Have you ever wondered what went into the making of that $60 Call of Duty game you’re playing? Well, for one thing, video games cost millions of dollars to create and develop and 2 to 5 years to finish. Rarely do publishers reveal their budgets. But researchers have their ways of ferreting out figures , and here are some speculative information that give us a clue.
Games are informally classified into AAA, in the likes of the hugely popular Grand Theft Auto and Assasin’s Creed, mid-sized (i.e., Divinity: Original Sin 2) and indie, like Minecraft before Microsoft bought it. Classification is loosely based on budget or funding, size of the team, and the length of time it takes to develop the game.
Scot Bayless, a veteran in the video games industry, disagrees with the common notion that hundreds of millions of dollars spent in a game development automatically kicks it up the ladder to AAA status. In his view, triple A games are those that deliver lasting satisfaction and long-term engagement with the players; has the highest levels of visuals and sound, technical performance, art direction and game design; and ranks as one of the top games in volume sold. A solid example is Witcher 3, which had a $80 million funding, including marketing and is one of the top-selling games in recent years.
Generally speaking, AAA games have a budget that is over $50 million. Thus far, the most expensive game developed is Star Wars: The Old Republic, costing a cool $200 million, excluding marketing cost. The cost includes salaries, rent, equipment, insurance and other benefits. A team of 400 to 1,000 people work on these games that take anywhere from 3 to 5 years to create.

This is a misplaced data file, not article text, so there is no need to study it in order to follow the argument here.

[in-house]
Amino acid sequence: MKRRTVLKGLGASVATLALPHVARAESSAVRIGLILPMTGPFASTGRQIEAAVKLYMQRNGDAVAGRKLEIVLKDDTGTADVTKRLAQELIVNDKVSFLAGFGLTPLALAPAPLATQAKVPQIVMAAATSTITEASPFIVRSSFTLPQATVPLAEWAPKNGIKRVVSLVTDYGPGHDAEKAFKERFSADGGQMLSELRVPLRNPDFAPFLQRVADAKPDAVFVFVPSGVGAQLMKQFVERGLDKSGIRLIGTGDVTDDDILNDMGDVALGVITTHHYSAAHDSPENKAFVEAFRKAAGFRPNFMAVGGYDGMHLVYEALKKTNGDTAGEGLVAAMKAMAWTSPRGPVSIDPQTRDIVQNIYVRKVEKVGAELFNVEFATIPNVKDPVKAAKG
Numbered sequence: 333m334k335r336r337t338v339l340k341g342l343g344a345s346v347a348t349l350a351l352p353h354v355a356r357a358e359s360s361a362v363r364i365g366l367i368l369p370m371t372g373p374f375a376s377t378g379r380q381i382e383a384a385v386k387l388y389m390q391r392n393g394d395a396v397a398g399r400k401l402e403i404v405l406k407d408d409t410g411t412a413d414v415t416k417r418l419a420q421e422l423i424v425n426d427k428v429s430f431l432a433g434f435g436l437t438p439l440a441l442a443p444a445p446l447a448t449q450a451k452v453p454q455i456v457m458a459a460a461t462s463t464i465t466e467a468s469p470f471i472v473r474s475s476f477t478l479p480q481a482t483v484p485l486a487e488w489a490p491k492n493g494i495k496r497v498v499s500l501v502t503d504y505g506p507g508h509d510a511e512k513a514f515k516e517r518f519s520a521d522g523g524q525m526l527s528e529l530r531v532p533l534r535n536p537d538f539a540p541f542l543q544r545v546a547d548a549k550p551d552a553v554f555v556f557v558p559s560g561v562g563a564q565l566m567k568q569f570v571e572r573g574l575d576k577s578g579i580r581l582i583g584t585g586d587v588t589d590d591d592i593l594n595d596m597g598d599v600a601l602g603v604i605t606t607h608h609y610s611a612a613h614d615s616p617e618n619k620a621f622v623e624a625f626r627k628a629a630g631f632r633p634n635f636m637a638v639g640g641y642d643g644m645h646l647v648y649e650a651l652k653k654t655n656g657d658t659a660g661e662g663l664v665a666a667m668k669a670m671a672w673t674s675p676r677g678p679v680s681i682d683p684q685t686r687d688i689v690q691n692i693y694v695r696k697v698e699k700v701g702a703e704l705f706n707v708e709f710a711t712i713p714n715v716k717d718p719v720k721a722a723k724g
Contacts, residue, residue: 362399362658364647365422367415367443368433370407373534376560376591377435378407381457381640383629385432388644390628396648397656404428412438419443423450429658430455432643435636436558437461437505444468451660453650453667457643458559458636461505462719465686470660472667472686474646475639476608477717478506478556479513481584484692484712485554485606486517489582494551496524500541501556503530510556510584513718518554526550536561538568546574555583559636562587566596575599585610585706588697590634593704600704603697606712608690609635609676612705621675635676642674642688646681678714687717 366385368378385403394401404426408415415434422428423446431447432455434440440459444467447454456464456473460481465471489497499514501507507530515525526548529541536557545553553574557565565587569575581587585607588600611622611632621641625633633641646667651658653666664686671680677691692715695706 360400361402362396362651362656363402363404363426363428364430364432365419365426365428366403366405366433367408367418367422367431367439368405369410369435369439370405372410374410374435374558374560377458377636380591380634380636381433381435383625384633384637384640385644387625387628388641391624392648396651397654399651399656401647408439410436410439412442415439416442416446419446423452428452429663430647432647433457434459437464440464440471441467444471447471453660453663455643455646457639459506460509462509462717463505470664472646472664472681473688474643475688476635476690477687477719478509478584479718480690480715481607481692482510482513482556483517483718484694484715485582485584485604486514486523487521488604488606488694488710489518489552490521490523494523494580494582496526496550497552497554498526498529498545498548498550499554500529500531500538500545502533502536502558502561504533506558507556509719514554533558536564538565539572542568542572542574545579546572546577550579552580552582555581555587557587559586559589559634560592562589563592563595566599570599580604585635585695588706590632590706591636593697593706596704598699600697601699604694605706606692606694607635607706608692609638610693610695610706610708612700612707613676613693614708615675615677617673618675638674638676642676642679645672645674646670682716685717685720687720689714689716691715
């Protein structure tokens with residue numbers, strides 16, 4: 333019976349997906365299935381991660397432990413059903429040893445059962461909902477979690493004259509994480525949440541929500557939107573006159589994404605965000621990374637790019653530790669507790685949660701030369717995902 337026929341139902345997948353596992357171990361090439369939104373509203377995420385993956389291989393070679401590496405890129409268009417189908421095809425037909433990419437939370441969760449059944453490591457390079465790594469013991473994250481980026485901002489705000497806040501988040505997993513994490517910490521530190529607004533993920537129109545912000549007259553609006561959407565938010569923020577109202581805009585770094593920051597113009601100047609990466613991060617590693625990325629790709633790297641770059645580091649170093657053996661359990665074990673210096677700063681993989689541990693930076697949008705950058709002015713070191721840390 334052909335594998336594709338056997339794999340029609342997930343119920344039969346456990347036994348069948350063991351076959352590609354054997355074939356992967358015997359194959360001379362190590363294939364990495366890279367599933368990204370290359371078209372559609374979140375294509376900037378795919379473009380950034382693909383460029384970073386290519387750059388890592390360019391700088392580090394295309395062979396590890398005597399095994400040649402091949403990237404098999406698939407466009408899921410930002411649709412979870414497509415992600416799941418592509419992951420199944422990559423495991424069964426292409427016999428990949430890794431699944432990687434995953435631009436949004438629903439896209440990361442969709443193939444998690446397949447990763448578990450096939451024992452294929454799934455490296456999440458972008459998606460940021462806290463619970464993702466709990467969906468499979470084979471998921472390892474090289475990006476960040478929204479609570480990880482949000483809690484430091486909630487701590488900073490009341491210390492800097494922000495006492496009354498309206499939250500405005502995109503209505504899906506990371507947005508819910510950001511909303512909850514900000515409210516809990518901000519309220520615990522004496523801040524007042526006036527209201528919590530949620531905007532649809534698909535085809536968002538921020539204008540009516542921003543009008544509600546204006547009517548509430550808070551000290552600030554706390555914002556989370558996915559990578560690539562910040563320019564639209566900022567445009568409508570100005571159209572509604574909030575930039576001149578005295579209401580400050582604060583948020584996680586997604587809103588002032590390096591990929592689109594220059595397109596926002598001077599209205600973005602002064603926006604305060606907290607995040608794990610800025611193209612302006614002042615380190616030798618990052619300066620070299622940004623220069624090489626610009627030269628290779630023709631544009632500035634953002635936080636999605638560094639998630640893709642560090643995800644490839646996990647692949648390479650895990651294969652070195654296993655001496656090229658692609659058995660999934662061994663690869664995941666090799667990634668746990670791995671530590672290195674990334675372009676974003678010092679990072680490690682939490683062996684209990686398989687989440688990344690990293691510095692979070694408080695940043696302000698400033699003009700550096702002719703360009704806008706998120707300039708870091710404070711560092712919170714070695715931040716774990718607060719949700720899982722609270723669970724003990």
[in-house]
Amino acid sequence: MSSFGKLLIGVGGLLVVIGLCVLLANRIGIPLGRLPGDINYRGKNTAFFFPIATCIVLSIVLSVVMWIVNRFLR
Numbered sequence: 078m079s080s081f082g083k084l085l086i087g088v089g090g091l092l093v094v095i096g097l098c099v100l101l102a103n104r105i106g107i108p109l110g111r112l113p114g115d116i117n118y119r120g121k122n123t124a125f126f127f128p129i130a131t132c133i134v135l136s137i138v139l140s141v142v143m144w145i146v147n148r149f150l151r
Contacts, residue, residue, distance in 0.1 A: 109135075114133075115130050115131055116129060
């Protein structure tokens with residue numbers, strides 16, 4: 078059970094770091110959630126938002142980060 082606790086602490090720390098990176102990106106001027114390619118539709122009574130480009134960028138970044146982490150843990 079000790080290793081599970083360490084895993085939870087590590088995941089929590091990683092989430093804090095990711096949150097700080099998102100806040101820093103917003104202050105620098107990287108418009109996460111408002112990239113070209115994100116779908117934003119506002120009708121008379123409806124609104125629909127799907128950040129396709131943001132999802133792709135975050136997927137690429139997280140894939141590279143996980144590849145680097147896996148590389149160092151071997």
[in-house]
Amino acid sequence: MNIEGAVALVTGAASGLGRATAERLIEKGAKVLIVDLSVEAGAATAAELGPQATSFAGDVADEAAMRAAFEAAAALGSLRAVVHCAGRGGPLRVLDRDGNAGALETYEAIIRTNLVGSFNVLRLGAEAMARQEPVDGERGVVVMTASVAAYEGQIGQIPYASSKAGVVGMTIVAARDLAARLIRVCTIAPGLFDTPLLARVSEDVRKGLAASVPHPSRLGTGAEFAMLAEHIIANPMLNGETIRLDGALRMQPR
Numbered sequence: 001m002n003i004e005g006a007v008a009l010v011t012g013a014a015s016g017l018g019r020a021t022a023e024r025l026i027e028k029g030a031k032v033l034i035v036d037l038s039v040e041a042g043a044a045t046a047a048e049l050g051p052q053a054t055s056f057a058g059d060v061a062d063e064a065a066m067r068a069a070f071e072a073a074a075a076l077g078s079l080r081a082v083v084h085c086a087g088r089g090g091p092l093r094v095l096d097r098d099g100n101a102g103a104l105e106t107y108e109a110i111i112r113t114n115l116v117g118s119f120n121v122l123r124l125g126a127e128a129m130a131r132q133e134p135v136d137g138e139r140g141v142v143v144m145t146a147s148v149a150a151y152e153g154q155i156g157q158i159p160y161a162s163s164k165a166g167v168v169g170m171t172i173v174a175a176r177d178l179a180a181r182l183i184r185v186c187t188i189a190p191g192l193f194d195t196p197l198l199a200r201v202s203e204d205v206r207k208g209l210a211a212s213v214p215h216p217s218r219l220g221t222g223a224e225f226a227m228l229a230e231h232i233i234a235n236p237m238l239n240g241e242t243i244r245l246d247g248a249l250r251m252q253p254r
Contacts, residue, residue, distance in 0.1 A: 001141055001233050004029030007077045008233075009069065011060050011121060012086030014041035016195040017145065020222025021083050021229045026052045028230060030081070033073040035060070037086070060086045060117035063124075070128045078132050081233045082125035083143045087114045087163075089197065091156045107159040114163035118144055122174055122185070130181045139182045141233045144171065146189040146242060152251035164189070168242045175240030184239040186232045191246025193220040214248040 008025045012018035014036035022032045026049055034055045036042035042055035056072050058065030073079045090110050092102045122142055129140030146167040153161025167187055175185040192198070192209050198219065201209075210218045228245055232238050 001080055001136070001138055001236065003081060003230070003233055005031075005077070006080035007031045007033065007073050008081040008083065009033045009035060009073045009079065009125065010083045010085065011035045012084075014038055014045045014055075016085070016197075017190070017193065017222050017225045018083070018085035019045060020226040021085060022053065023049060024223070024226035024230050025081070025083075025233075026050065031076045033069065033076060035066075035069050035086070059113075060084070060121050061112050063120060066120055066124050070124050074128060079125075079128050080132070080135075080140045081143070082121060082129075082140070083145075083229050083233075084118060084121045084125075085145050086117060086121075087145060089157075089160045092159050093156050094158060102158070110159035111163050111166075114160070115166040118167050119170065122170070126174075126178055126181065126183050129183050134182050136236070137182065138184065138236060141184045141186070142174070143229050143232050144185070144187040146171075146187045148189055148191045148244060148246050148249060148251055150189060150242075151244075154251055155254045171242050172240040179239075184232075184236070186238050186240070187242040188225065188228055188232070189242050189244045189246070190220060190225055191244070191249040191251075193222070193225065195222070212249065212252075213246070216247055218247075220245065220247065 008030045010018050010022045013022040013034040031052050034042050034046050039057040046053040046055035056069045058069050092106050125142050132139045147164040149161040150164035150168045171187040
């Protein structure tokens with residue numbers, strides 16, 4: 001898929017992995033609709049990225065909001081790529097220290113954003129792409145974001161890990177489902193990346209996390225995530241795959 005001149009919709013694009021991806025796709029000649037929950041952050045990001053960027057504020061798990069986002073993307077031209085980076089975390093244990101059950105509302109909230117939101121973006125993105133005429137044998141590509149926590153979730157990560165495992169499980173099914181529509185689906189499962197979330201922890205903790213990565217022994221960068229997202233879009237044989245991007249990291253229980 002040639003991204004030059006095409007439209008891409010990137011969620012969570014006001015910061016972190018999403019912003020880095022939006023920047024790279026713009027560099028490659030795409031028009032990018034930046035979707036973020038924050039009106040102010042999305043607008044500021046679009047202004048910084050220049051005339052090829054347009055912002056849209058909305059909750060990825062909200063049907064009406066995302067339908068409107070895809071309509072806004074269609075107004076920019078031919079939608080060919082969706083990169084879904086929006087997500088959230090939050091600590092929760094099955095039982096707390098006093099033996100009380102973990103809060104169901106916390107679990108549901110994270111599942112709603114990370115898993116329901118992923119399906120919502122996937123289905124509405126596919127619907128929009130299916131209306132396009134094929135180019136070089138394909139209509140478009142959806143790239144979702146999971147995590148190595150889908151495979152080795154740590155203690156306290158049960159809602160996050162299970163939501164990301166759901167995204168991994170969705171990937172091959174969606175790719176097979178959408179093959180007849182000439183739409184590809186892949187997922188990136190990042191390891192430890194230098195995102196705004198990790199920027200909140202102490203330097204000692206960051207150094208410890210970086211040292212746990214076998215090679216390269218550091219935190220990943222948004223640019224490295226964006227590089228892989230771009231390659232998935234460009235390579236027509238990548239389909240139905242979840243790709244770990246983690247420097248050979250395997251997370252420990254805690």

Grand Theft Auto V had a development cost of 137 million and a marketing cost of 128 million, totaling 265 million. More than 1,000 people worked on it, across several Rockstar Games Studios.
These include the key developers -- programmers, designers, artists, audio workers, quality assurance staff, etc. The marketing team is another segment. GTAV has over 95 million copies sold and a worldwide revenue of more than $6 billion.
Mid-sized studios develop the AA games, those that do not qualify for triple A but are more than indie. These are a dying breed, according to some insiders, either rising to AAA status, going indie, or closing shop. Mid-tier publishers have limited funding resources, so games are developed for a cost in the range of $10 million, with 20 to 40 people working on it in a period of 2 to 3 years.
A surprisingly successful AA game is Hellblade: Senua’s Sacrifice, developed and published by British studio Ninja Theory. In three months, the studio had recouped its expenses and to date, copies sold have reached almost one million.Twenty people were involved in its development that lasted for 3 years. Cost computation based on an article in Kotaku came up to $7.2 million.
Mid-tier and indie studios differ from behemoth publishers in their capitalization. ActiVision, Electronic Arts, and Nintendo have access to millions of dollars to pour into big game development.
Studios with less resources often turn to crowdfunding sites like Kickstarter or enter the OTC markets to seek additional capital from investors.
In the third classification are the games from indie studios. It’s often described as a 12-man team working out of a garage. Indie games are usually the brainchild of one person, development takes a 5-person team, at a cost of less than a million dollars. The first Minecraft was one such, after which its owner, Markus Persson, sold it to Microsoft for $2.5 billion.
The video game industry is strong and alive but competition is tough with so many games being released. Since there’s no predicting how video games fare in the market, it’s a risk that studios are betting on.